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Koppel, S, Stephens, AN, Bédard, M, Charlton, JL, Darzins, P, Stefano, MD, Gagnon, S, Gélinas, I, Hua, P, MacLeay, L, Man-Son-Hing, M, Mazer, B, Myers, A, Naglie, G, Odell, M, Porter, MM, Rapoport, MJ, Stinchcombe, A, Tuokko, H, Vrkjlan, B & Marshall, S 2019, 'Self-reported violations, errors and lapses for older drivers: measuring the change in frequency of aberrant driving behaviours across five time-points' Accident Analysis and Prevention, vol. 123, pp. 132-139. https://doi.org/10.1016/j.aap.2018.11.009

Self-reported violations, errors and lapses for older drivers : measuring the change in frequency of aberrant driving behaviours across five time-points. / Koppel, Sjaan; Stephens, Amanda N.; Bédard, Michel; Charlton, Judith L.; Darzins, Peteris; Stefano, Marilyn Di; Gagnon, Sylvain; Gélinas, Isabelle; Hua, Phuong; MacLeay, Lynn; Man-Son-Hing, Malcolm; Mazer, Barbara; Myers, Anita; Naglie, Gary; Odell, Morris; Porter, Michelle M.; Rapoport, Mark J.; Stinchcombe, Arne; Tuokko, Holly; Vrkjlan, Brenda; Marshall, Shawn.

In: Accident Analysis and Prevention, Vol. 123, 01.02.2019, p. 132-139.

Research output: Contribution to journalArticleResearchpeer-review

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AU - Bédard, Michel

AU - Charlton, Judith L.

AU - Darzins, Peteris

AU - Stefano, Marilyn Di

AU - Gagnon, Sylvain

AU - Gélinas, Isabelle

AU - Hua, Phuong

AU - MacLeay, Lynn

AU - Man-Son-Hing, Malcolm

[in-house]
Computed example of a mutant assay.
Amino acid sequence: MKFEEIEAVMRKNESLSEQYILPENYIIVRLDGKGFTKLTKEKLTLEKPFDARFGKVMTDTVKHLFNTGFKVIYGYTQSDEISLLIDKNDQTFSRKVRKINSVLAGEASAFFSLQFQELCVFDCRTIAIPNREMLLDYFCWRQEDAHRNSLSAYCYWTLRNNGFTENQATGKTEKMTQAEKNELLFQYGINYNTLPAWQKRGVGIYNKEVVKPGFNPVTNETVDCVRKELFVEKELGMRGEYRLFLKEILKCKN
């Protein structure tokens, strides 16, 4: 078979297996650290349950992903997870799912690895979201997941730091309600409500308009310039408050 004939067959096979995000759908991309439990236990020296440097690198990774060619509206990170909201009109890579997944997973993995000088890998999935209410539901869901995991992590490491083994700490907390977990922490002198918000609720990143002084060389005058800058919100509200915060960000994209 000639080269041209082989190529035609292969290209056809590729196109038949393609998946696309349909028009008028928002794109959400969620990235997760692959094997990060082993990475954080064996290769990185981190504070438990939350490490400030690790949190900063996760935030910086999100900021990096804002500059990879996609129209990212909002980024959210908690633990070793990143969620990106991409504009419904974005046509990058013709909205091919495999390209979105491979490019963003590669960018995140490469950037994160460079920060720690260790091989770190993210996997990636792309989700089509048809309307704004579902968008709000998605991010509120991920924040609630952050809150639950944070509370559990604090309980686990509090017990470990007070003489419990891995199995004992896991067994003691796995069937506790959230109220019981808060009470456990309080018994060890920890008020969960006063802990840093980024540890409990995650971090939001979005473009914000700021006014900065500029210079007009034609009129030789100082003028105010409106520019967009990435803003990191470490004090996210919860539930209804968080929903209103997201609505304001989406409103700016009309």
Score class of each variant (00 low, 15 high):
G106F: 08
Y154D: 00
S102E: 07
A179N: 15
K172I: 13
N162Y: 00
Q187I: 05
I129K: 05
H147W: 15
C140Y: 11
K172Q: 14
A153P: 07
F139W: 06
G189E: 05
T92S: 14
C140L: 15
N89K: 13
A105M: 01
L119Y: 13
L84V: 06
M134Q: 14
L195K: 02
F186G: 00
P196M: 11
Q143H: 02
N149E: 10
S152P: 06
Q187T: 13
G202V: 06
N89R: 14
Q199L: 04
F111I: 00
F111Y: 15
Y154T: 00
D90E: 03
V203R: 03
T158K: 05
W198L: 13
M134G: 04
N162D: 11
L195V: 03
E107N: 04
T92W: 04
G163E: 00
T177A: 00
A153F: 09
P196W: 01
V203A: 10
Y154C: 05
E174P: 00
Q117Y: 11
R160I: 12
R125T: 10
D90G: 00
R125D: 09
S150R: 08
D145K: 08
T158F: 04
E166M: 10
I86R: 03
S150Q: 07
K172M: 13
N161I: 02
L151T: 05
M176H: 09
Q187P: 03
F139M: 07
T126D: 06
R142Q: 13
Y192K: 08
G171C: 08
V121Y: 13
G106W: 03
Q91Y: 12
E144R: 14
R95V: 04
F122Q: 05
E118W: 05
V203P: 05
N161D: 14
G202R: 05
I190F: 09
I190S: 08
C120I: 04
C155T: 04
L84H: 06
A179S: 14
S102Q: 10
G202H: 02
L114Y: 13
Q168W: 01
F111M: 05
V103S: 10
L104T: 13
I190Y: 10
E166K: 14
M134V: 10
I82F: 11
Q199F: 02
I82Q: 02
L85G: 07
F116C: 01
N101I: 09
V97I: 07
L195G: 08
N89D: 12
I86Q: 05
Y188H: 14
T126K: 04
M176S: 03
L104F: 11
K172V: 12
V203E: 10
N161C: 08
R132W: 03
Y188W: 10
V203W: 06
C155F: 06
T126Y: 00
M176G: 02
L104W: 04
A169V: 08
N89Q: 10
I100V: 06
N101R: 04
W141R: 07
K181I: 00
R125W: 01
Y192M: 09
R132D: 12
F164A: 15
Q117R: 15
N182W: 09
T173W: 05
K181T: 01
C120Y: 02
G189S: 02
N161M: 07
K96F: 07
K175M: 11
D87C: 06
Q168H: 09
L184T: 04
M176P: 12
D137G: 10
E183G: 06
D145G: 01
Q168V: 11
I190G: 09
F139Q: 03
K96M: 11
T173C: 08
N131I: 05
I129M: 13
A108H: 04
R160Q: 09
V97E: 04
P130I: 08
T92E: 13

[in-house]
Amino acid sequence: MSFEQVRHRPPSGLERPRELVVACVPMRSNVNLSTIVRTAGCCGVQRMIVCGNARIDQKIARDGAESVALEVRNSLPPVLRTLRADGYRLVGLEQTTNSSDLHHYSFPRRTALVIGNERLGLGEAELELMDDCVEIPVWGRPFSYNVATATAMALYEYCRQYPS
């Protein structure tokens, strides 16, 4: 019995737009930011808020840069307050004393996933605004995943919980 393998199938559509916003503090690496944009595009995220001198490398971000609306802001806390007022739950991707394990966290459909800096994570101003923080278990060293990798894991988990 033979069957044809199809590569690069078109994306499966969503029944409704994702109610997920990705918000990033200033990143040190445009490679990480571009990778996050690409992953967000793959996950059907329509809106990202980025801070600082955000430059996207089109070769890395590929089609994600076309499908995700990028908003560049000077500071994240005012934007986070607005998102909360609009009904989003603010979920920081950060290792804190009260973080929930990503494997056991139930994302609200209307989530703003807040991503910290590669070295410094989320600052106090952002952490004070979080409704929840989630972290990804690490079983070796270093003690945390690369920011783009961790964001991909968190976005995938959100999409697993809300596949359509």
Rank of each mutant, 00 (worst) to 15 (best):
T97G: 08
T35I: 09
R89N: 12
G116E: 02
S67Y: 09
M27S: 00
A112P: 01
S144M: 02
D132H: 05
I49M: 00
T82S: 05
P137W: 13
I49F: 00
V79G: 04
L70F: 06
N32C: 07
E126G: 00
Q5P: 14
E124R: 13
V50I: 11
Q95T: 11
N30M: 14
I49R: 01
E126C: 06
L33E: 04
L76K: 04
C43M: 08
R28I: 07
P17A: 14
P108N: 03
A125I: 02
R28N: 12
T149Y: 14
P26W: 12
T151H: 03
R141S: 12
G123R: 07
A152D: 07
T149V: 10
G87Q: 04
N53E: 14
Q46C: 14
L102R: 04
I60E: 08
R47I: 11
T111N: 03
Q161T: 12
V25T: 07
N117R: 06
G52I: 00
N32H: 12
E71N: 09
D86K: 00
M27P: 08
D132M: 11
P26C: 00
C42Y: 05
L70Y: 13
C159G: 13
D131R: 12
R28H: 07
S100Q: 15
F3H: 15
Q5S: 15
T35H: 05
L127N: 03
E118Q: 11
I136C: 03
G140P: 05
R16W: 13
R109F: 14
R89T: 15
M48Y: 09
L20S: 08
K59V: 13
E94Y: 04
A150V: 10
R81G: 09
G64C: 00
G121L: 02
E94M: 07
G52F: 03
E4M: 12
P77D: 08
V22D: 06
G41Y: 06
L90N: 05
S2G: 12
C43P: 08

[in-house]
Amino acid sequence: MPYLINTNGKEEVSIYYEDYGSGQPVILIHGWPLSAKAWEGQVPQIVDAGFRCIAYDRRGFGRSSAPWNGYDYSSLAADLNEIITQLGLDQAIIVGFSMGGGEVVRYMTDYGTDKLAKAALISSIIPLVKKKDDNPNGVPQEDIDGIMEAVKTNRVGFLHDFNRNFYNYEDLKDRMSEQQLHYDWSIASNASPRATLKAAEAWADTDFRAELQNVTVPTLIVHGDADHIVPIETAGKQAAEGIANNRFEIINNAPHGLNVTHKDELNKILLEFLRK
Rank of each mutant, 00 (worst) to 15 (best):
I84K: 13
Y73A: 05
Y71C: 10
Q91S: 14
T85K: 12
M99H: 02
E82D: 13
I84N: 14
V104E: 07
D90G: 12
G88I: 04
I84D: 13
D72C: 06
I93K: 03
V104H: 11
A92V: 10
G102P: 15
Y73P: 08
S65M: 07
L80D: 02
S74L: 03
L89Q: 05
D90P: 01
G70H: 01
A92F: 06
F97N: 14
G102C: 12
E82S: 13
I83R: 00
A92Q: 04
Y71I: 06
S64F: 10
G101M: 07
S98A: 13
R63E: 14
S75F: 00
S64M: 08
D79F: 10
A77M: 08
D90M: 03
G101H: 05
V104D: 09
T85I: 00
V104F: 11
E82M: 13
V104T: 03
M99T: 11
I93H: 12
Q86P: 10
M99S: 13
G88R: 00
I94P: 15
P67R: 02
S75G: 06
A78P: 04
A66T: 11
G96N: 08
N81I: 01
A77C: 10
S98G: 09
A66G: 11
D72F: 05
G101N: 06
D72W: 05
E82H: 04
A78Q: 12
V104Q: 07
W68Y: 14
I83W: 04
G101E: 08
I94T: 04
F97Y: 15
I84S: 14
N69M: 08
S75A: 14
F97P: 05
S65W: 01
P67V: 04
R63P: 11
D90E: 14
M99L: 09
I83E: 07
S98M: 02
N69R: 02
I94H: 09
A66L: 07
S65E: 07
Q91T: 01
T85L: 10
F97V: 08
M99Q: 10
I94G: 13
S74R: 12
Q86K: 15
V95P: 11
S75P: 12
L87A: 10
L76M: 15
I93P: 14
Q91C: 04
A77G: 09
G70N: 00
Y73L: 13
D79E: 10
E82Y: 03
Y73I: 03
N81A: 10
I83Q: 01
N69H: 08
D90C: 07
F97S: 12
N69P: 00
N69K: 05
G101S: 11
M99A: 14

AU - Mazer, Barbara

AU - Myers, Anita

AU - Naglie, Gary

AU - Odell, Morris

AU - Porter, Michelle M.

AU - Rapoport, Mark J.

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AU - Marshall, Shawn

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N2 - The current study aimed to: 1. to confirm the 21-item, three-factor Driver Behaviour Questionnaire (DBQ) structure suggested by Koppel et al. (2018) within an independent sample of Canadian older drivers; 2. to examine whether the structure of the DBQ remained stable over a four-year period; 3. to conduct a latent growth analysis to determine whether older drivers’ DBQ scores changed across time. Five hundred and sixty Canadian older drivers (males = 61.3%) from the Candrive/Ozcandrive longitudinal study completed the DBQ yearly for four years across five time-points that were approximately 12 months apart. In Year 1, the average age of the older drivers was 76.0 years (SD = 4.5 years; Range = 70–92 years). Findings from the study support the 21-item, three-factor DBQ structure suggested by Koppel and colleagues for an Australian sample of older drivers as being acceptable in an independent sample of Canadian older drivers. In addition, Canadian older drivers’ responses to this version of the DBQ were stable across the five time-points. More specifically, there was very little change in older drivers’ self-reported violations, and no significant change for self-reported errors or lapses. The findings from the current study add further support for this version of the DBQ as being a suitable tool for examining self-reported aberrant driving behaviours in older drivers. Future research should investigate the relationship between older drivers’ self-reported aberrant driving behaviours and their performance on functional measures, their responses to other driving-related abilities and practice scales and/or questionnaires, as well their usual (or naturalistic) driving practices and/or performance on on-road driving tasks.

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KW - Aberrant driving behaviour

KW - Errors